The stars of “I Melt with You” want you to know this: this film is no one’s idea of “product.” Opening in theaters this weekend in limited release after a run on VOD, it’s a movie made by guys who are clearly trying like crazy to do something that’s far from the current run of the mill — and also paying tribute to John Cassavetes’ 1970 masculine emota-fest, “Husbands.” Jeremy Piven calls it “an existential horror film,” and Rob Lowe calls it “impressionistic,” and that’s about as good and relatively flattering a description as any. The highly intense drama first screened at Sundance to a number of walk-outs, a matter which one of our speakers will address shortly.
Directed by Mark Pellington (“Arlington Road,” “U2 3-D”) and written by first-timer Glenn Porter, “I Melt with You” stars Rob Lowe, Thomas Jane, Jeremy Piven and Christian McKay (“Me and Orson Welles”) as four smart yet deeply stupid 40-something college buddies who reunite for drug and booze-laden fun in Northern California’s ultra-scenic Big Sur. Let’s just say that after way too much fun, things take a sharp and very unfortunate left turn. Despite the appearance of Carla Gugino as a sympathetic local constable and Sasha Grey as a Sasha-licious coed, as well as some great vintage punk rock, we are left to wonder if maybe these guys would have been a lot better off if they’d listened to Nancy Reagan back in the day and went the “just say no” route. Also, suicide pacts are never a good idea.
Bullz-Eye and a select group of other journalists were fortunate enough to meet with Jane, Lowe and Piven — three strong veteran talents known to just about everyone with access to a television screen, most recently for “Hung,” “Parks and Recreation” and “Entourage,” respectively. They discussed the film and, as much as we could manage, other things.
On the choice to make “I Melt with You.”
Rob Lowe: I knew that if the movie was done correctly it would be so provocative, it would push so many buttons, that people would definitely get up and leave — if we did it right! If we did it wrong, then that wouldn’t happen. That appealed to me. Coming from a lot of network television and studio filmmaking, today it’s “Don’t ruffle the audience,” “Gain as much acceptance as you can.” It’s the center-of-the-net philosophy.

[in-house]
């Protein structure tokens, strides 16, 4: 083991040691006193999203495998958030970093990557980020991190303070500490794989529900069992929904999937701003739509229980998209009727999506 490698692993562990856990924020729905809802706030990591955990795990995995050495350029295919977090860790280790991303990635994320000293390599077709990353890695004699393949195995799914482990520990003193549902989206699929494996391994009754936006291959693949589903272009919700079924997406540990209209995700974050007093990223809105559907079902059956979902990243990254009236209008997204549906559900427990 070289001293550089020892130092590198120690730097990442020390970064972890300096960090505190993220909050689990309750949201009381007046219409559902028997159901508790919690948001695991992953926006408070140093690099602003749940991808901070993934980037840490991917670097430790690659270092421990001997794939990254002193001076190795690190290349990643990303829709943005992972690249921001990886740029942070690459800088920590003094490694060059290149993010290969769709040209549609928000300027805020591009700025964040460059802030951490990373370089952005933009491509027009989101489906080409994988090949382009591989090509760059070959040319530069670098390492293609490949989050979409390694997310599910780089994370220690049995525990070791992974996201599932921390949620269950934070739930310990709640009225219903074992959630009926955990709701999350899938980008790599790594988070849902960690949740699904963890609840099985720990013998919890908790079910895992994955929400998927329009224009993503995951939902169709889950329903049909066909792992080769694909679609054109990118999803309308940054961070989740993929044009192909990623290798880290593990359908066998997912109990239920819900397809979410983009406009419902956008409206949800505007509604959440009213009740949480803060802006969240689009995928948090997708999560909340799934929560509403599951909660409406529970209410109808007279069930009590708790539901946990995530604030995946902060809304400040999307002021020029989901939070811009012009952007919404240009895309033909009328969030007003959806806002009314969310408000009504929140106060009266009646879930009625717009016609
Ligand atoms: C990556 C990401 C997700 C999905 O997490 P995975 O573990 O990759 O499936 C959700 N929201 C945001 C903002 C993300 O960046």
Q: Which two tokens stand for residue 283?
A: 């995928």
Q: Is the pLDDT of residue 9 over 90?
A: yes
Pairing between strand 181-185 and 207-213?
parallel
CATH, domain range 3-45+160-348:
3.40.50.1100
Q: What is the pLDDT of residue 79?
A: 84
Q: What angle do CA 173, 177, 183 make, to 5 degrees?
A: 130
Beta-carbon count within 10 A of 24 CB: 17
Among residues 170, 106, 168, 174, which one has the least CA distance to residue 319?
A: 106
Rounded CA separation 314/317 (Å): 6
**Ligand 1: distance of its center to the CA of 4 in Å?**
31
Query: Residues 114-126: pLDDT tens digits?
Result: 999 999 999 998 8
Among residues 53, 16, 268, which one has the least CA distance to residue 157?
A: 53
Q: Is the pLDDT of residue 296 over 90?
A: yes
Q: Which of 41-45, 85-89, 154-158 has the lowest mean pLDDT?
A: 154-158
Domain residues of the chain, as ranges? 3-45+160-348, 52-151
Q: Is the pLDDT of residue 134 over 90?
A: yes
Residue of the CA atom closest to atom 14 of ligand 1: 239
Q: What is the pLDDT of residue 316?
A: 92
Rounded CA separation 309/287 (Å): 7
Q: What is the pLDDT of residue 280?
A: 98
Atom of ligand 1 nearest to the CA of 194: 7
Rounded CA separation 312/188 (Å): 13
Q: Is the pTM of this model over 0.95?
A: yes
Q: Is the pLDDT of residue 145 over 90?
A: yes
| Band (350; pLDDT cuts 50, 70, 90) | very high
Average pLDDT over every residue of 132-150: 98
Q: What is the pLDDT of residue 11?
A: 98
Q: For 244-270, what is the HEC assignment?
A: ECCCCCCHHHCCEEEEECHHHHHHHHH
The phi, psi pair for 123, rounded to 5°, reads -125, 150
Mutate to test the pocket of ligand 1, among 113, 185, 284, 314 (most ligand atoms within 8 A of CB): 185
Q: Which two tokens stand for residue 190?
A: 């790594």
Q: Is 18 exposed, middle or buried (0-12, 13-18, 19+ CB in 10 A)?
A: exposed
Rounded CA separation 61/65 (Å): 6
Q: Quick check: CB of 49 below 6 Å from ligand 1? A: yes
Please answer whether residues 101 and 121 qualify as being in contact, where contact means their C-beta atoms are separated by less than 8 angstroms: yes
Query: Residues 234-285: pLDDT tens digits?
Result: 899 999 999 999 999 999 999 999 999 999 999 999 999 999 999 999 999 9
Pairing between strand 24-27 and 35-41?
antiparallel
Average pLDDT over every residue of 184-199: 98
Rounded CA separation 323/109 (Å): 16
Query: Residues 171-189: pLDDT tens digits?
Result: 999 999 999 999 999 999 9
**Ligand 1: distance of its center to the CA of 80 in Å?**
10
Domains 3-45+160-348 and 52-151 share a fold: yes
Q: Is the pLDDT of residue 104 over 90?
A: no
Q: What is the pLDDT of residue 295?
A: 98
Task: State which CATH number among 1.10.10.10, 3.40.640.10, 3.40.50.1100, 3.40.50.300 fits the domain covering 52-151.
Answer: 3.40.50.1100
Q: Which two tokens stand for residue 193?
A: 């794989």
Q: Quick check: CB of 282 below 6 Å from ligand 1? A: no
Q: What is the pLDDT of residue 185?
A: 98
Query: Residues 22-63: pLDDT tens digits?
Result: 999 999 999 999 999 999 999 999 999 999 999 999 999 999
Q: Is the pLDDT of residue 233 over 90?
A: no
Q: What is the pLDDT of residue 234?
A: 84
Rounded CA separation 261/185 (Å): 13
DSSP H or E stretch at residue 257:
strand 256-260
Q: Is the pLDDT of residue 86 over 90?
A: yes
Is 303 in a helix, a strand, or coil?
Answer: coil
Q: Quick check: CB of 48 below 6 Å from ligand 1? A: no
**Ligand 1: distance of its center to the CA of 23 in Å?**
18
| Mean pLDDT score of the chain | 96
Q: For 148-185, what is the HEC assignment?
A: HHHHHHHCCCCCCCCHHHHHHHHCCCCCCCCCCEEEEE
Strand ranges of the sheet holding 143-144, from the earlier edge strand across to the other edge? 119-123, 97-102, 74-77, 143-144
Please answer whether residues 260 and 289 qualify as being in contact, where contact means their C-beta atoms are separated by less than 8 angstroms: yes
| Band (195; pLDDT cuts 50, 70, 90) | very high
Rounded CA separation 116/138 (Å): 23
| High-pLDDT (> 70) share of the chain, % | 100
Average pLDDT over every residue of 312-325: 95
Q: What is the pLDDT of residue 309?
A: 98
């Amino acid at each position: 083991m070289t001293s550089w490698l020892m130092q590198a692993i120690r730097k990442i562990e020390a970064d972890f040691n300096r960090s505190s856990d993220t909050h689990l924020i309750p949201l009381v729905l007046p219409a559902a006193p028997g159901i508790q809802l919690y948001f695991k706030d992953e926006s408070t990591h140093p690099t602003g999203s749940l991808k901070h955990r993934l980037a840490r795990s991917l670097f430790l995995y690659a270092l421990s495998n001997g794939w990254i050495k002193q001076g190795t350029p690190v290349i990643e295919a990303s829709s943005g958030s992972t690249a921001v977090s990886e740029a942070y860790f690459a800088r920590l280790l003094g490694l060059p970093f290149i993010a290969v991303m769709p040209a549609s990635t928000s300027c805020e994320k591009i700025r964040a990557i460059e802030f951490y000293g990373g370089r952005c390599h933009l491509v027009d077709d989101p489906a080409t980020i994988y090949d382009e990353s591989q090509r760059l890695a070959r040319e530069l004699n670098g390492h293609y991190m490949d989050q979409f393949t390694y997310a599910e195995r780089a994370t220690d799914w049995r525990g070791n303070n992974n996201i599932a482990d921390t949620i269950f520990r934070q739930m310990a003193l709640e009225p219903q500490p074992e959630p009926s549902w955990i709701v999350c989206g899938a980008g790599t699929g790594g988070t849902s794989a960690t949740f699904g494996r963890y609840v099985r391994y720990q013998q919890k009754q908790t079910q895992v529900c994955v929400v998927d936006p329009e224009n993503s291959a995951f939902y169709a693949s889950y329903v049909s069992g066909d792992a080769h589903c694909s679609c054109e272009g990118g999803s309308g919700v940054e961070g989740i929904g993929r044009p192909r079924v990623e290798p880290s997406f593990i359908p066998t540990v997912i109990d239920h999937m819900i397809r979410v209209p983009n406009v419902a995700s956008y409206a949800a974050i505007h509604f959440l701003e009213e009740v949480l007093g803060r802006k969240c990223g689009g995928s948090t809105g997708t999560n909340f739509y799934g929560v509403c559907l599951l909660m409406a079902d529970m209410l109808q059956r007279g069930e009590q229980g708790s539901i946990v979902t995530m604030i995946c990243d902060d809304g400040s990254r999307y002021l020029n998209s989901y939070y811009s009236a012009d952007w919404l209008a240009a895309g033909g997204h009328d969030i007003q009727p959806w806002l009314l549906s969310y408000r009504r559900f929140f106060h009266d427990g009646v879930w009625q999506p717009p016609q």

Jeremy Piven: As an actor, there was no place to hide with this movie. Everything was kind of right there. That’s what you look and hope for. It would be great if movies like this were being made on all sorts of different levels, but that’s not the case. Mark [Pellington], like Cassavetes, said, “I’m just going to make this. I’m not going to wait for anyone to give me the money. I’m going to grab these cameras, and these guys, and I’m just going to go shoot it.”
Thomas Jane: You have to really put your ego aside as an actor. This isn’t a movie where we’re going to look good and be standing in the place with the right light. This is not that movie. You’re exposed, you’re naked, you’re bare. You have to put your ego aside… This is about revealing, it’s not about covering up.
On the unusual shooting style of “I Melt with You.”
RL: It was amazing. First of all, you have four or five cameras. They’re tiny. They’re little Cannon D5s. They’re still cameras, ostensibly. Mark would put the music on and, a lot of times, we would just go wild. Jeremy and I laugh that some of our best acting wasn’t even on screen, because you’d be doing your thing and realize that the camera had completely moved away from you and was now in that corner of the room.
TJ: We didn’t have make-up trailers. We didn’t have wardrobe people running around. We literally brought our own clothes from home. We had one make-up lady. We used the whole house. When we had like five cameras going all around the room, you could literally go walk anywhere… [What’s great is that], for the first time, we’ve got the equipment to do a low-budget, tiny movie like this and actually make it look fantastic.
RL: I think there’s a danger there, though. You don’t want to give a nuclear bomb to everybody. I would not be wanting to do this movie in the hands of somebody who was less of a visualist than Mark. Mark knows where to put the box. He can shoot his way around any and everything. I don’t know if I want some 19-year-old kid with a D5 running around in Big Sur… Otherwise, everybody can make a movie and everyone shouldn’t make a movie.
On why Thomas Jane chose to be an executive producer on “I Melt with You” and his excitement at working “in the Cassavetes spirit.”